‘Ba-dum-bum!’ the cue for laugh lines in Nassau Bay comedy
Everybody’s a comedian in Neil Simon’s 1995 play, “Laughter on the 23rd Floor,” playing through March 11 at Clear Creek Community Theatre in Nassau Bay.
In the show, even Helen, the secretary to TV star Max Prince, wants to get in on the mayhem inside the writers’ room where “The Max Prince Show” is cobbled together each week.
Helen is played by stage newcomer Angela Collins, while her real-life husband, Patrick Collins, is an acting veteran who portrays Val Skolsky, the senior member of the writing staff.
Set in 1953, the play was inspired by Neil Simon’s own experiences as a staff writer on Sid Caesar’s classic “Your Show of Shows.”
Patrick Collins said his performance was inspired by the late Mel Tolkin, a legendary comedy writer whose helming of Sid Caesar’s writing staff also inspired the 1982 Oscar-nominated movie “My Favorite Year.”
Simon’s script describes Val as an emigrant from Russia, like Tolkin, who is taking a Berlitz class in English to learn how to curse without a Russian accent.
The script is filled with one-liners, which the characters sometimes follow with the drum-sounding onomatopoeia “Ba-dum-bum” to emphasize the punch line.
Brian Treybig heads the cast as Max Prince, who enters wearing a suit but quickly unzips his pants, taking them off over his dress shoes. Standing at the center of the writer’s room, in his shirt, shorts, socks, shoes and garters, he hands his jacket and pants to Helen, advising her to get them “dry cleaned and pressed. And check my pockets. I don’t want my keys pressed.”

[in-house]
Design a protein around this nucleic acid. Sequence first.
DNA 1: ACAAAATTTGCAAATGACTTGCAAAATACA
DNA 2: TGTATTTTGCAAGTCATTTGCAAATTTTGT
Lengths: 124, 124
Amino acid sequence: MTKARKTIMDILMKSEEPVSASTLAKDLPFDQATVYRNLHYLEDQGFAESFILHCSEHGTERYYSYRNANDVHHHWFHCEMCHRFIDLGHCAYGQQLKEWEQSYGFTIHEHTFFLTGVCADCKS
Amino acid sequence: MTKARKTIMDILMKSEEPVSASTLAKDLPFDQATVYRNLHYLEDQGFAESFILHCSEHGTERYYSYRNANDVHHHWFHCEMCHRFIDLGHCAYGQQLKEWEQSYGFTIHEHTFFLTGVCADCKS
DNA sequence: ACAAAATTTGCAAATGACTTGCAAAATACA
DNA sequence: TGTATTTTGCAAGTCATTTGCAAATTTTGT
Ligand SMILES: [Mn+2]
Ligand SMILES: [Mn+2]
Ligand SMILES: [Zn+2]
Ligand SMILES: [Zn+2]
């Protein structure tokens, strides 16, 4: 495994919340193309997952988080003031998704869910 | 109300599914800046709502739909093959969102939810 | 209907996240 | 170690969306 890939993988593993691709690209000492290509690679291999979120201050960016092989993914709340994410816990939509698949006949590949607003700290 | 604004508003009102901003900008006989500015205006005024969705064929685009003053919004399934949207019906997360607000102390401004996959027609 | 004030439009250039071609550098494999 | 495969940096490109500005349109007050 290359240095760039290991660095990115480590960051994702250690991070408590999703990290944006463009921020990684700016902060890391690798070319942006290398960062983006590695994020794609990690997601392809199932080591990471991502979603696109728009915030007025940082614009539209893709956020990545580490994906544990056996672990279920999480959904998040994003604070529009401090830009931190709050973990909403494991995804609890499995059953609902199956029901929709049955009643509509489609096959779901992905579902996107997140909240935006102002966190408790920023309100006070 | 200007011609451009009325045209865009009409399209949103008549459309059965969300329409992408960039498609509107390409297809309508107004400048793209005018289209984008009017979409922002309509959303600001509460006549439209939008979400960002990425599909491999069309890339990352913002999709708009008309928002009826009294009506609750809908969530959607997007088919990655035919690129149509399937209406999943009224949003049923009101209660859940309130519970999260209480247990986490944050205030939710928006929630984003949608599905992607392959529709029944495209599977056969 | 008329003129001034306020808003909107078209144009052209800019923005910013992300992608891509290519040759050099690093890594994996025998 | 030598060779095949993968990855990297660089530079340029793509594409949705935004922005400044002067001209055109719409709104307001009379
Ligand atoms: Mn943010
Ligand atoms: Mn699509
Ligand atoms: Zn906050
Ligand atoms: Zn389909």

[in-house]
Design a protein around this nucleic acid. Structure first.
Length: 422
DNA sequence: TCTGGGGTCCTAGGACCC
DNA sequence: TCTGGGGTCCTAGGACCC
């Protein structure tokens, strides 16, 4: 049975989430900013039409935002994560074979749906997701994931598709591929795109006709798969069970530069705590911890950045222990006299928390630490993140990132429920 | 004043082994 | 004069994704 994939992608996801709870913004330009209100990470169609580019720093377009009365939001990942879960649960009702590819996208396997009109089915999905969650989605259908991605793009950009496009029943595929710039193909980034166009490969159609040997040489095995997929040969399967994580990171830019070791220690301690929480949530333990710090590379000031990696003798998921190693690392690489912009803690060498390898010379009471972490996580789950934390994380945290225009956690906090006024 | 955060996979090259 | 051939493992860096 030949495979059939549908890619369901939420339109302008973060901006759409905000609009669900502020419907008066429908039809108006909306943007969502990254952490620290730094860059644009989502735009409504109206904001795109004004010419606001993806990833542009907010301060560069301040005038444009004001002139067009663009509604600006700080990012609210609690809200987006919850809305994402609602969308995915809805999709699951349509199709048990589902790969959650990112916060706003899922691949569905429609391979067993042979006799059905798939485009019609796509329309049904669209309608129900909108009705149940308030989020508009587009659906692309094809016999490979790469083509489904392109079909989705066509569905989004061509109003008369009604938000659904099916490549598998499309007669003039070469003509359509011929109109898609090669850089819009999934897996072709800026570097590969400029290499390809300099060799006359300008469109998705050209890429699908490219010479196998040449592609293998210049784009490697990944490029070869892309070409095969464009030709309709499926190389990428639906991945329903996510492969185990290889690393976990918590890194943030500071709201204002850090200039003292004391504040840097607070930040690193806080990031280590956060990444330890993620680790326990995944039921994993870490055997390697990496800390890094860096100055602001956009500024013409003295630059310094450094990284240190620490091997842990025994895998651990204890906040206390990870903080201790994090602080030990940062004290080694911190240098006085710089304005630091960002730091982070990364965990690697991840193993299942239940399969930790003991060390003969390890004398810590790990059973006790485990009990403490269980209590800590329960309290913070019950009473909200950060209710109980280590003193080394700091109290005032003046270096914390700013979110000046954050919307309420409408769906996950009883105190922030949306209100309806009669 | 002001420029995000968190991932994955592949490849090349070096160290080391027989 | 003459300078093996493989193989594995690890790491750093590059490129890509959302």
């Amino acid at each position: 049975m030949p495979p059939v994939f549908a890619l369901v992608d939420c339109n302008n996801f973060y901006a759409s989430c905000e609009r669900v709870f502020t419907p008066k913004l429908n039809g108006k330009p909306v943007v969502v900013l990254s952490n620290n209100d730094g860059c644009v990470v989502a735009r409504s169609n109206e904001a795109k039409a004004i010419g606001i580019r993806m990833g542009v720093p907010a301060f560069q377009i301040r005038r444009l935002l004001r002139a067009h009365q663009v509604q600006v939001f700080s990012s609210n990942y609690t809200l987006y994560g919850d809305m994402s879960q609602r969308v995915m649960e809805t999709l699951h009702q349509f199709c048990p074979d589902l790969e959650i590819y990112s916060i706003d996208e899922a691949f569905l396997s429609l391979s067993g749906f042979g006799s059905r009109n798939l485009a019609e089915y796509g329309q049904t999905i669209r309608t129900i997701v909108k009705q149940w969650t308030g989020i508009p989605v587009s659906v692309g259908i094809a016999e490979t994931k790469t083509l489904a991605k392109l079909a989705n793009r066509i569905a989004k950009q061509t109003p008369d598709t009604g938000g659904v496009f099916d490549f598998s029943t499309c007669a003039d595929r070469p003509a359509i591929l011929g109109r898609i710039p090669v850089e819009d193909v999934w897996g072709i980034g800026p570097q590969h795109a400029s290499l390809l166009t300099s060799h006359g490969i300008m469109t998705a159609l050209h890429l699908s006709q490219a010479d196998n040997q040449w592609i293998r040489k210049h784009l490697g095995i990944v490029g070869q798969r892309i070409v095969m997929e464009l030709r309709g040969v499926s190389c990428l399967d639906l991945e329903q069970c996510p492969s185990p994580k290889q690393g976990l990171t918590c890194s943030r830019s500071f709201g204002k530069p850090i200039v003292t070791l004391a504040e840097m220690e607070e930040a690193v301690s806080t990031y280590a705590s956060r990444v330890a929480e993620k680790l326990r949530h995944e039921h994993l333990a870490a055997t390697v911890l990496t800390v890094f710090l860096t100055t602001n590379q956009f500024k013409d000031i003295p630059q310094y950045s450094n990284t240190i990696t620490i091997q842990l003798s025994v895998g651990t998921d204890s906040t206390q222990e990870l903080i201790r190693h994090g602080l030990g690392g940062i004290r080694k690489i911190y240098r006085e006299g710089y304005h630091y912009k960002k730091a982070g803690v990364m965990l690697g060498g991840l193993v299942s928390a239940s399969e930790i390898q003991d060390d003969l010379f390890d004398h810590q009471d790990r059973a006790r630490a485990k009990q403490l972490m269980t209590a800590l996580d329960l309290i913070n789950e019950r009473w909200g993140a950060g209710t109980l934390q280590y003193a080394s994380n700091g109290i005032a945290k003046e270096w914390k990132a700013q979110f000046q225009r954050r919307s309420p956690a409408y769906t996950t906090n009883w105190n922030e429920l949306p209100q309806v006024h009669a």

Others on the writing staff include Xavier Lehew as novice Lucas Brickman, Matt Leighton (insult artist Milt Fields), Lance Nutter (aspiring screenwriter Brian Doyle), William Wall (debonair Kenny Franks), Elspeth Dolen (pregnant Carol Wyman) and Chase Folwell (hypochondriac Ira Stone).
Underlying the rapid-fire zingers of the jokesters is McCarthyism that threatens the independence of network TV shows, as well as the consensus that Max Prince’s Jewish, East Coast humor is “too smart” for Middle America, whose viewers are falling for “Leave It to Beaver” and “Father Knows Best.”
At Max’s festive annual Christmas party, Helen confesses that she wants to become a comedy writer, but Max also has surprise news that ends the play with two characters looking at each other and saying, “Ba-dum-bum!”
The CCCT production was directed by David Blystone, a teacher at La Porte High School who began performing at CCCT when he was only 11 years old. Most recently, he played Tredwell in Agatha Christie’s “Black Coffee,” which was Patrick Collins’ first show since moving to Texas.
Angela Collins said that “Laughter on the 23rd Floor” is her “adult theatrical debut.”
CCCT board member John Meek said the couple moved to League City from a small town in Pennsylvania in June 2017.
“They experienced a little culture shock but decided to try out for (plays) as a way of getting to meet people in the area,” Meek said.
“Laughter on the 23rd Floor” continues through March 11 on Fridays and Saturdays at 8 p.m. and Sundays at 2:30 p.m. Tickets are on sale at www.ClearCreekCommunityTheatre.com or by calling 281-335-5228 for reservations. Tickets are $15 for adults, and $13 students and seniors, with group rates available.
Clear Creek Community Theatre is at 18091 Upper Bay Road in Nassau Bay.
Don Maines is a freelance writer who can be reached at email@example.com